Julie’s voice draws my attention. “Mr. Everdeen will see you now.” I nod and make a straight line for the office door. It opens before I have a chance to grasp the handle.
Lancelot Everdeen isn’t known for his smiles and he’s not smiling now. He could have been a linebacker in another life. “Please, have a seat.” He points to a chair in the middle of the office, with another chair right across from it. Surprising. I expected him to address me from behind a large desk. Following his direction, I sit, the ever present smile on my face. He makes his way to the office’s floor to ceiling window as if I’m not here.
Everdeen is a taskmaster. He built his empire from the ground up. A modest empire, but impressive nonetheless. Everdeen Enterprises is growing. It has satellite and partner offices in five countries. It has the potential to be one of the country’s top Public Relations firms. It’s already the best in our city, and whether Everdeen recognizes it or not, that’s partly thanks to me.
But Carl’s words plague me, have me stealthily wiping the sweat from my palms. Tipsy from too much complimentary bubbly at a big PR event the other day, Carl slapped his hand on my shoulder. ‘We’ll be sad to see you go.’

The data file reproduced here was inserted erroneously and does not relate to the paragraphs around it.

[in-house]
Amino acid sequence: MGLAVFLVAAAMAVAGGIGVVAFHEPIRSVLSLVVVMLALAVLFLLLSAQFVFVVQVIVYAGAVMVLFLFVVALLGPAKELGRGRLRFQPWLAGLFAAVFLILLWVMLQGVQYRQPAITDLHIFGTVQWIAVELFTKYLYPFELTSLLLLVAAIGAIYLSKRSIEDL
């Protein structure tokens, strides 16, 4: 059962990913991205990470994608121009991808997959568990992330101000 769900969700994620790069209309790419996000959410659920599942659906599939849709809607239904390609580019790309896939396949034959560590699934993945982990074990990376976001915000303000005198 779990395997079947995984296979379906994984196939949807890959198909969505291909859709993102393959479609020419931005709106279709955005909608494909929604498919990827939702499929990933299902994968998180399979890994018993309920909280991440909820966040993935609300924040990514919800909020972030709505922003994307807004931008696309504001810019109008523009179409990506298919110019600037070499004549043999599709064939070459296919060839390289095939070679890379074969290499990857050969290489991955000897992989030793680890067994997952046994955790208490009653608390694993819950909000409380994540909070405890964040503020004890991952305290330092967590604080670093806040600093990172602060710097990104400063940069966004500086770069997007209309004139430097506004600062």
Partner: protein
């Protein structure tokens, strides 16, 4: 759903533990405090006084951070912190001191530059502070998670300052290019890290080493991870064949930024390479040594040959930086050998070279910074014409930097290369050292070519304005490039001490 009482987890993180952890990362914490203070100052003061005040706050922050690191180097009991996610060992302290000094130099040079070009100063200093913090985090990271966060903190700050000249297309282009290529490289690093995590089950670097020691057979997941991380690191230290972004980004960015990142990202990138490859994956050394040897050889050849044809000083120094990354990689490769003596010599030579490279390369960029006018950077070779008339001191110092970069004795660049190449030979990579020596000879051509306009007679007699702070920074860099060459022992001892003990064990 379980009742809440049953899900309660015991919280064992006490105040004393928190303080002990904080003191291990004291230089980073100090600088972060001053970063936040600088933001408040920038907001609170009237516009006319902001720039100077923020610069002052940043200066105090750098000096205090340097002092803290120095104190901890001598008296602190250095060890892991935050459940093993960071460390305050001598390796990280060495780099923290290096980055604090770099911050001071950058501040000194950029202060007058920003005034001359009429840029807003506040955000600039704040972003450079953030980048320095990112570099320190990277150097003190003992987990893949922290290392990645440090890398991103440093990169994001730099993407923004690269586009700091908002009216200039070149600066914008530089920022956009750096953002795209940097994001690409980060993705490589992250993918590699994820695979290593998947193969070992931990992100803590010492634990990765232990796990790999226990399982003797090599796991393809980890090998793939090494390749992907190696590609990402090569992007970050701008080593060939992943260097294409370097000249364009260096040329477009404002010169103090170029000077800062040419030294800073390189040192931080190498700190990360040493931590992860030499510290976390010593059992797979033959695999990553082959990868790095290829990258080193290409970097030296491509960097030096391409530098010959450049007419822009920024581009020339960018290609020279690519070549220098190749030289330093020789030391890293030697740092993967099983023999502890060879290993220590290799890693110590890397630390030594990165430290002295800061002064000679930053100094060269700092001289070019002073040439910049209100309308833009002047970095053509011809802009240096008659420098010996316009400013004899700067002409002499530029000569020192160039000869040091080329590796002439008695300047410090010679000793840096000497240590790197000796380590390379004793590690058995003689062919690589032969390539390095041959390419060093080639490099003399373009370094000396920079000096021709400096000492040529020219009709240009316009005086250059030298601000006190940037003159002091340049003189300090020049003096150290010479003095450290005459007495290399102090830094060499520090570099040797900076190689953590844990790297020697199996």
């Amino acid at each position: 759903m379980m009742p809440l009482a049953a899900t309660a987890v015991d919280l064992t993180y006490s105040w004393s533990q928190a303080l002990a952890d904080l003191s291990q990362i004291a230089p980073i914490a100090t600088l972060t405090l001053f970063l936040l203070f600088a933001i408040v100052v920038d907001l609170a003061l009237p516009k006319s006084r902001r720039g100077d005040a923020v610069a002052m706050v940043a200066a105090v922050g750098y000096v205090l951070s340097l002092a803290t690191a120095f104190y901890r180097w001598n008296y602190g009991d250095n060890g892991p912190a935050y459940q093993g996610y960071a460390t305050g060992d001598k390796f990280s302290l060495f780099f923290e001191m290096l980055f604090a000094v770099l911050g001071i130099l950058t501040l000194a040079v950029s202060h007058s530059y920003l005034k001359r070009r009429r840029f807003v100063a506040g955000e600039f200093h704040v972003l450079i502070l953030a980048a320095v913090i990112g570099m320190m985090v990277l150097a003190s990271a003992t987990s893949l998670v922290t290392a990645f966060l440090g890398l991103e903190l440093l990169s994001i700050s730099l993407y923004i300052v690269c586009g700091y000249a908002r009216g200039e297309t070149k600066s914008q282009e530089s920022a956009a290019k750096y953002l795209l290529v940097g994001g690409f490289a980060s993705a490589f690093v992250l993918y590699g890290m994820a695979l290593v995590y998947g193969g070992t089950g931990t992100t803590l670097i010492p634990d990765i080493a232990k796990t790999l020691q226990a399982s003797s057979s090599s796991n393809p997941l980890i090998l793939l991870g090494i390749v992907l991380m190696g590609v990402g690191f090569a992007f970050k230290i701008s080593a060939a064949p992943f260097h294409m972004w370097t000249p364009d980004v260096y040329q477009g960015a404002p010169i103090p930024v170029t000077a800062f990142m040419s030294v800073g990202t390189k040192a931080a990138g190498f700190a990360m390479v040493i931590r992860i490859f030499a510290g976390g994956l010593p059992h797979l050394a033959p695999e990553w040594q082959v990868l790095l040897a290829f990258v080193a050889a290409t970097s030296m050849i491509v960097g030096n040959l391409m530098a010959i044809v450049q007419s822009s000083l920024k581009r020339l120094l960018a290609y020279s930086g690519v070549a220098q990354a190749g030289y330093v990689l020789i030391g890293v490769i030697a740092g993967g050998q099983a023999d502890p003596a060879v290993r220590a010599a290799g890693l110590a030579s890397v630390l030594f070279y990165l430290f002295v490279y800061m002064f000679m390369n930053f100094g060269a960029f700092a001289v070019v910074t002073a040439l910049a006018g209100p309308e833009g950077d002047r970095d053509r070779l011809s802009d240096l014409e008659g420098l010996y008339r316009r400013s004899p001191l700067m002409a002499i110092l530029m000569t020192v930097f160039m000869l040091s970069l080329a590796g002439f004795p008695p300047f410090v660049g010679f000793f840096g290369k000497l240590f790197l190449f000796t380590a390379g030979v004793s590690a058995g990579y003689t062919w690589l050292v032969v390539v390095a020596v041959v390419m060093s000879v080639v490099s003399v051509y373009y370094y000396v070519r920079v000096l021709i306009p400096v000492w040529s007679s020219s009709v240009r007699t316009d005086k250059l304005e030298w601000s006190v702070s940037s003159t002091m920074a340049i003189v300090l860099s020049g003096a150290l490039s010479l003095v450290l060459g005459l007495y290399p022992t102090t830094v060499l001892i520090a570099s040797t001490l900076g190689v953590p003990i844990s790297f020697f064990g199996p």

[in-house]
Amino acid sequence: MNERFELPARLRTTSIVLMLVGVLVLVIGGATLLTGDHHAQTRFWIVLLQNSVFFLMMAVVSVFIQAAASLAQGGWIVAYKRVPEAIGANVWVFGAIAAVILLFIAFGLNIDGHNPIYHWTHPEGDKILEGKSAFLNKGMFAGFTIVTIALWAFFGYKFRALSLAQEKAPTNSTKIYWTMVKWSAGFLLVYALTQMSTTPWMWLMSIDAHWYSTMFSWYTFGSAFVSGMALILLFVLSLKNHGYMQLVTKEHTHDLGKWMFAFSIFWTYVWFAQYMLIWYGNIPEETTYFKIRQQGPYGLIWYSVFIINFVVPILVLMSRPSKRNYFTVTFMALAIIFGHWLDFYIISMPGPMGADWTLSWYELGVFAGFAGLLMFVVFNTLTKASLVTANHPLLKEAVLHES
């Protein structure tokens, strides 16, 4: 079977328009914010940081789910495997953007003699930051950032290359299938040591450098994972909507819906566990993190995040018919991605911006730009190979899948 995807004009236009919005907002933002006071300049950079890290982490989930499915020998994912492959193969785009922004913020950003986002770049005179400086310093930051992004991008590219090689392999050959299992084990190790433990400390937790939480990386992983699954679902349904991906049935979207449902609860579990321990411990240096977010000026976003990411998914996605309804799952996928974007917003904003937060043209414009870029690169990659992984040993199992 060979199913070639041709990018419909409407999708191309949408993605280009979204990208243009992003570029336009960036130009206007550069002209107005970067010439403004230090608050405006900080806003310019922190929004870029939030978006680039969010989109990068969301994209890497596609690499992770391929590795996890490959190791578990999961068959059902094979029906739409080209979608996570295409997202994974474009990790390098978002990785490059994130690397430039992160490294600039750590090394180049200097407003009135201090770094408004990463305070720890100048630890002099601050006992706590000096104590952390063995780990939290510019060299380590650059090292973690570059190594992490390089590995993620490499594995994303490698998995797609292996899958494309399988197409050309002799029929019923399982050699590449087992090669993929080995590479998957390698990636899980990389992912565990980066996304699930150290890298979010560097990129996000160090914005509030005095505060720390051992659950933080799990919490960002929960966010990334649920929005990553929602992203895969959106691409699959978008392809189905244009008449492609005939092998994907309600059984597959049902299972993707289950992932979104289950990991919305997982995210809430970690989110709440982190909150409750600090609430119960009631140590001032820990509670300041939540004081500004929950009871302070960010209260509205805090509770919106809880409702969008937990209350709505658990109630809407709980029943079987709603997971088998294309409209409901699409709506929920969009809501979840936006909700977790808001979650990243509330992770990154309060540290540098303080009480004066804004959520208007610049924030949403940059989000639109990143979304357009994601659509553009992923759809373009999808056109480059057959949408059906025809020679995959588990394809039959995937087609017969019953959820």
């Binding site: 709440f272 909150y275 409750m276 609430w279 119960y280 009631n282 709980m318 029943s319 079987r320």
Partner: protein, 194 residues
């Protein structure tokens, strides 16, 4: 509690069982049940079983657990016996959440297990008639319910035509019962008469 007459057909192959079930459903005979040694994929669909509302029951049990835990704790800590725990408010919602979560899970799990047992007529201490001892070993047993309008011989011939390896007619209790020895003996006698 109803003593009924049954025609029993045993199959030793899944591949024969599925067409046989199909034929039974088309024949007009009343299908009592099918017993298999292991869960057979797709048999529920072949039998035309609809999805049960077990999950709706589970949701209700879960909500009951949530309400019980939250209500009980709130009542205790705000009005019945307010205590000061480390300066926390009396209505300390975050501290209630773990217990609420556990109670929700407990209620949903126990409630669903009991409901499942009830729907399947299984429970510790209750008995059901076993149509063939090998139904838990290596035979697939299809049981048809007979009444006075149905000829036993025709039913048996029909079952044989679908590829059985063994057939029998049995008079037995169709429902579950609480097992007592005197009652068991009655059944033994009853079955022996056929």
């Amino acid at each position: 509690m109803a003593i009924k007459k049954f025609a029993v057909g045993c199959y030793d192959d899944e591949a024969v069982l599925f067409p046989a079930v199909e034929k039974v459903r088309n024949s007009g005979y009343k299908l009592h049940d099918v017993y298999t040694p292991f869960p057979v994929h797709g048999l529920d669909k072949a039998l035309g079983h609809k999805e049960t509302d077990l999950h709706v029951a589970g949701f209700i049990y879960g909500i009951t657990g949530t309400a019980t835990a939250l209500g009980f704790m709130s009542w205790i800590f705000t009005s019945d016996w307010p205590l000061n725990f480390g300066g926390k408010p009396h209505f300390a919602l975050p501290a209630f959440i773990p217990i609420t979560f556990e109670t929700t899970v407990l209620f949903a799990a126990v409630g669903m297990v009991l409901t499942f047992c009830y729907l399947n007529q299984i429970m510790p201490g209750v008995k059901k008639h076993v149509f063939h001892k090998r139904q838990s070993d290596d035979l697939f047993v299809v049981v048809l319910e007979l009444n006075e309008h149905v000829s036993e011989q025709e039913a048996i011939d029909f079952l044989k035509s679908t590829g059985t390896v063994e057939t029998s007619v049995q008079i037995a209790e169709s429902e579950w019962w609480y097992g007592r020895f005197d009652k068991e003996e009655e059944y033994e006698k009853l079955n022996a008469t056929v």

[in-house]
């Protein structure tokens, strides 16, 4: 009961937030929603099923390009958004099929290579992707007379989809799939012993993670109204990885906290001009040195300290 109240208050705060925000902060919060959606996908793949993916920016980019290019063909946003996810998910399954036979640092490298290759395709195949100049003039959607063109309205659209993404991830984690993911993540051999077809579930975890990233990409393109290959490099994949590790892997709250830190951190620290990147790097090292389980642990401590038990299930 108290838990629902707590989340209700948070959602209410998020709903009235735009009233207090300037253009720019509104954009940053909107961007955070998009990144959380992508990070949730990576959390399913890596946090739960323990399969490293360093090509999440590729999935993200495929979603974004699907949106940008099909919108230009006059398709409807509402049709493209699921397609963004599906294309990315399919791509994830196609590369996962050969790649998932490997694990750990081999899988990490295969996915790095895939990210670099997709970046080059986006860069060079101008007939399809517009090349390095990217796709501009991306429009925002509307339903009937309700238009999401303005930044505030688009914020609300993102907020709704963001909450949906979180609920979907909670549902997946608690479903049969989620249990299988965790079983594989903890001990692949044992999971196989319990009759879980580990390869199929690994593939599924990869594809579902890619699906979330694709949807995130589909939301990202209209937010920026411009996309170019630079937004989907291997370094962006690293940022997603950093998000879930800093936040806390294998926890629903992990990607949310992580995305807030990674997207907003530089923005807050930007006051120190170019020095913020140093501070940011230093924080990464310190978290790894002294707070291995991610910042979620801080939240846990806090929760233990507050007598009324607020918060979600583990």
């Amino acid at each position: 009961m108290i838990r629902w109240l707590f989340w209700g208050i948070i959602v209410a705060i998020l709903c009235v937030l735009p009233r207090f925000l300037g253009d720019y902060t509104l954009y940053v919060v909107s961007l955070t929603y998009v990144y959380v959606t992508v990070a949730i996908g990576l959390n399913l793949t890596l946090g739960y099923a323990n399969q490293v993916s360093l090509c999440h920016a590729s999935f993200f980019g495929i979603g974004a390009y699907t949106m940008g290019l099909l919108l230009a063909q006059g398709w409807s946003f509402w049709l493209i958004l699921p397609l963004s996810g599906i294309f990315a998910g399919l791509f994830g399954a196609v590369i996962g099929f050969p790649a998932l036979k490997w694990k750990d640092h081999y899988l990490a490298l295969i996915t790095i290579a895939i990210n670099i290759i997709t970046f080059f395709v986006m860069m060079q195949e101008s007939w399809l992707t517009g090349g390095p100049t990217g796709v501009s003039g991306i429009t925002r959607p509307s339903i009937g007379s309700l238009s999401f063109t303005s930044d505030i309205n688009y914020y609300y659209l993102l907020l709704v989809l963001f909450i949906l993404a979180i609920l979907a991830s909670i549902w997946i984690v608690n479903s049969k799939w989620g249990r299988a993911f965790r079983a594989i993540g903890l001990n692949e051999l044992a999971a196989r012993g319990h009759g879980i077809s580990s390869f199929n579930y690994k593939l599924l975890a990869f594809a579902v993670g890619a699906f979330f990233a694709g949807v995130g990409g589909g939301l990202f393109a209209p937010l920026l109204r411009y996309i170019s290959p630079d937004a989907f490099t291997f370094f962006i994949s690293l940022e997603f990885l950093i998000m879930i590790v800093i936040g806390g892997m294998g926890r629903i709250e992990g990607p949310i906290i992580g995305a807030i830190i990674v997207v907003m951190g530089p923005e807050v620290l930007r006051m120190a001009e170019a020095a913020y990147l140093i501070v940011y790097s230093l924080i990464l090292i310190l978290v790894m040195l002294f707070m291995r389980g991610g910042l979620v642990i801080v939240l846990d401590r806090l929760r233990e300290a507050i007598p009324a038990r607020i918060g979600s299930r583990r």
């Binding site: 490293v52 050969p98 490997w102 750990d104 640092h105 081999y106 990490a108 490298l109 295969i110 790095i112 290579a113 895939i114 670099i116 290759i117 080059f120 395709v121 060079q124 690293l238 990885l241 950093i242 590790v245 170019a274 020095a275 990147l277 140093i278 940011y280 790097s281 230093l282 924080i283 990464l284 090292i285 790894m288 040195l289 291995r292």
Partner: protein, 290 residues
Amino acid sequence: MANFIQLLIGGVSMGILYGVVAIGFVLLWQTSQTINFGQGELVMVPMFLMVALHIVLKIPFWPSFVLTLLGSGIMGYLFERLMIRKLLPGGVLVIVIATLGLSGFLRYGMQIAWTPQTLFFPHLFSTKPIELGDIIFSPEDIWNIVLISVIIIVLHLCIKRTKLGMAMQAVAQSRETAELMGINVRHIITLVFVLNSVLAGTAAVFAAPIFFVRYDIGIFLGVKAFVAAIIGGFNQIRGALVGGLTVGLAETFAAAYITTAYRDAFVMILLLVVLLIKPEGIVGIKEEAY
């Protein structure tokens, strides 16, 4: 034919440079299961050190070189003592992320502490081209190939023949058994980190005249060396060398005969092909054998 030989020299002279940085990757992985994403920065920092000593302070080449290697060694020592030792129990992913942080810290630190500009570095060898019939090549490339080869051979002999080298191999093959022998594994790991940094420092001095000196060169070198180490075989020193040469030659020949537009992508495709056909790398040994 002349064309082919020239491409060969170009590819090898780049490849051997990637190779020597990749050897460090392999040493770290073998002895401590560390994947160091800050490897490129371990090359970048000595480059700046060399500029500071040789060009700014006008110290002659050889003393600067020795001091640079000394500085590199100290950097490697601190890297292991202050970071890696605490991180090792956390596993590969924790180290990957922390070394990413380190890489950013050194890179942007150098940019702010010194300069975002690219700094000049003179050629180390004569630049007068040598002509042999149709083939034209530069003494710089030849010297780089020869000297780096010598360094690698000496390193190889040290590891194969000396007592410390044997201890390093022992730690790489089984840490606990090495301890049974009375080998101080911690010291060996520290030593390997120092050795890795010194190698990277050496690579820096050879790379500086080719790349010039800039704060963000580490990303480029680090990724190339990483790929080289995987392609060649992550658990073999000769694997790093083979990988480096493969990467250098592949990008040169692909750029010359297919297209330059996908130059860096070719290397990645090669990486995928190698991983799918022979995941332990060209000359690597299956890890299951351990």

‘What?’ I hissed between smiling teeth.
‘Oh.’ His eyes widened. His words caught in his throat. He coughed. ‘You’re going to the UK again next month? Right? The office is never the same without you.’
I have no trips planned, and Carl, who approves all travel, knows this.
Everdeen turns from the window. “You’re probably wondering why I’ve called you here.”
In five brisk steps he’s towering above me, then sits as if he’s never rushed in his life, crossing one ankle over his knee, folding his hands in a controlled manner. “I’ve been following your career, Ms. Grant. Your methods are unconventional.” He’s silent while I wrestle between wanting to defend myself and waiting for permission to speak. At last he continues. “An old friend of mine, Thomas Richardson from the London branch, called you ‘a little spitfire.’ Now that’s a direct quote.”
“Is that so, Sir.” My voice holds no question. I know exactly the situation that prompted those words, but I don’t let my confident smile waver. Richardson, one of the ‘old boys’ who thinks it’s appropriate to comment on a woman’s exoticness and fresh face, got far less ‘spitfire’ than he deserved.
Everdeen leans back in his chair, eyeing me. “He also said you were one of the most engaging reps he’s ever had the pleasure of spending an evening with.”
I nod, confused.
“A respected client of the Tokyo branch said you make the men feel as if you’re one of them, joining in, not judging their thirsty tendencies as so many Western reps do, not seeming bewildered by the many cultural differences, and you always manage to keep your wits about you.”
I stare at him, silent. When he wants me to talk he’ll tell me.
“You’ve climbed faster than all the colleagues you started with. You’ve signed more clients, created more relationships, garnered more campaigns, and convinced James to rework the whole way your team operates, improving everyone’s numbers.”
I nod again.